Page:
The animals we live with – A bird named Beauty

By Sybil Erden, Founder – May 18,2007

I returned to the office late one evening during the winter, 2007. Paul Teza, Benson Shelter’s director, had left a message for me. They had a foundling bird turned in, a “parakeet” he thought. Were we interested? By the time I called him back, he realized the bird was bigger than a parakeet (5″) and “might be a Macaw…” (30″.) I chuckled and asked him to describe the bird, relating its size to a pigeon or dove. From the description, I suspected we were dealing with an Amazon, a mid-sized green bird. I would meet Paul at the Shelter in the morning.’, ‘
The little bird is a type of Amazon called a Lilac Crown Amazon, about the size of a white wing dove. Her wing feathers were cut so short that she would not have been able to fly from a table-top onto the floor without injury. The little bird was found walking around the parking lot of the Donut Shop on Ocotillo, north of I-10, early in the morning when the previous night had been down to 20 degrees. The owner of the Donut Shop found the bird and called the Shelter. While waiting, she kindly gave the bird food and water.

We took the bird back to The Oasis Sanctuary, and held the bird for the time mandated by law, at which time she became ours. We kept her in quarantine, isolated from other birds. The Sanctuary spent over $300 on medical testing to insure her health and, thereby insuring the health of other Oasis birds she would come into contact with. One of our visiting Board members, Pat Rudikoff, fell in love with her at first sight and named the foundling “Beauty.”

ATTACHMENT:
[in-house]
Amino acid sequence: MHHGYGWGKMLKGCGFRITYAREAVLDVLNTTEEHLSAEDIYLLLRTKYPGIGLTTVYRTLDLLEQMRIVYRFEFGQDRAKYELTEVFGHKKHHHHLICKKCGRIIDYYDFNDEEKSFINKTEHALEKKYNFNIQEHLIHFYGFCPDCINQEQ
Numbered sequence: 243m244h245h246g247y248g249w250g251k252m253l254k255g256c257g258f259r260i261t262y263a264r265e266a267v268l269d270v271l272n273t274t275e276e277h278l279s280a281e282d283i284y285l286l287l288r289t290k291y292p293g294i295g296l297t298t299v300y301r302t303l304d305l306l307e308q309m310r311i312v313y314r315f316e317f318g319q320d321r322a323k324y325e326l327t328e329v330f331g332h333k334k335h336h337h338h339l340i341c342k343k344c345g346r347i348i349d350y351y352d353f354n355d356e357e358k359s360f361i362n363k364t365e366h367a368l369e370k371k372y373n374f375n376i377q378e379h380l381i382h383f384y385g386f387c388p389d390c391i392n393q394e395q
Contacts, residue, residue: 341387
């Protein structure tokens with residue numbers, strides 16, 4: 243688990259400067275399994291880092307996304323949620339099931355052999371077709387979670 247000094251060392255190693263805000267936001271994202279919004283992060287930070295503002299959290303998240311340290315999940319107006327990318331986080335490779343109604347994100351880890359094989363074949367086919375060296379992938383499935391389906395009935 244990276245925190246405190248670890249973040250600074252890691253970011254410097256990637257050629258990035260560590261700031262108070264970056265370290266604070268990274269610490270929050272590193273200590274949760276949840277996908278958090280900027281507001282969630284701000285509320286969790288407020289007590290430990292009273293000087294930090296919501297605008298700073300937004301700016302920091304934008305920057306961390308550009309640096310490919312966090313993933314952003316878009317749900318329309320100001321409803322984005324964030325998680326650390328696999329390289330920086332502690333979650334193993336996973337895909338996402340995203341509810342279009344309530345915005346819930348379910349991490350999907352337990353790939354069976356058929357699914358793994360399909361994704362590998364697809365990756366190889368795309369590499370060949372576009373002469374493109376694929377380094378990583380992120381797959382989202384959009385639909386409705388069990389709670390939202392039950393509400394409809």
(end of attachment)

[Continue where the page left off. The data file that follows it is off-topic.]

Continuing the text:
It became obvious that this bird was not at all tame or human-bonded. She was terrified any time a human came near her, even with food or treats.

When her test results came back, Beauty was found to be in perfect health. We placed Beauty outdoors in a small aviary with another small Amazon, a Mexican Redhead Amazon named Ernest.

More than 6 months after Beauty has come to live at The Oasis Sanctuary, she still is terrified of people, even though her friend Ernest always comes to the front of the aviary to “chat” with us.

The feathers on one wing are growing back slowly. None are growing in on the other, shortest wing. We fear she may have been permanently damaged by someone who did not know how to properly trim a bird’s flight feathers.

Beauty and Ernst are content together and Beauty, like all the other birds at The Oasis, has found a safe and loving “Forever Home” with us.

Editor’s Note: Beauty crossed the Rainbow Bridge April 8, 2010. She will remain forever in our hearts.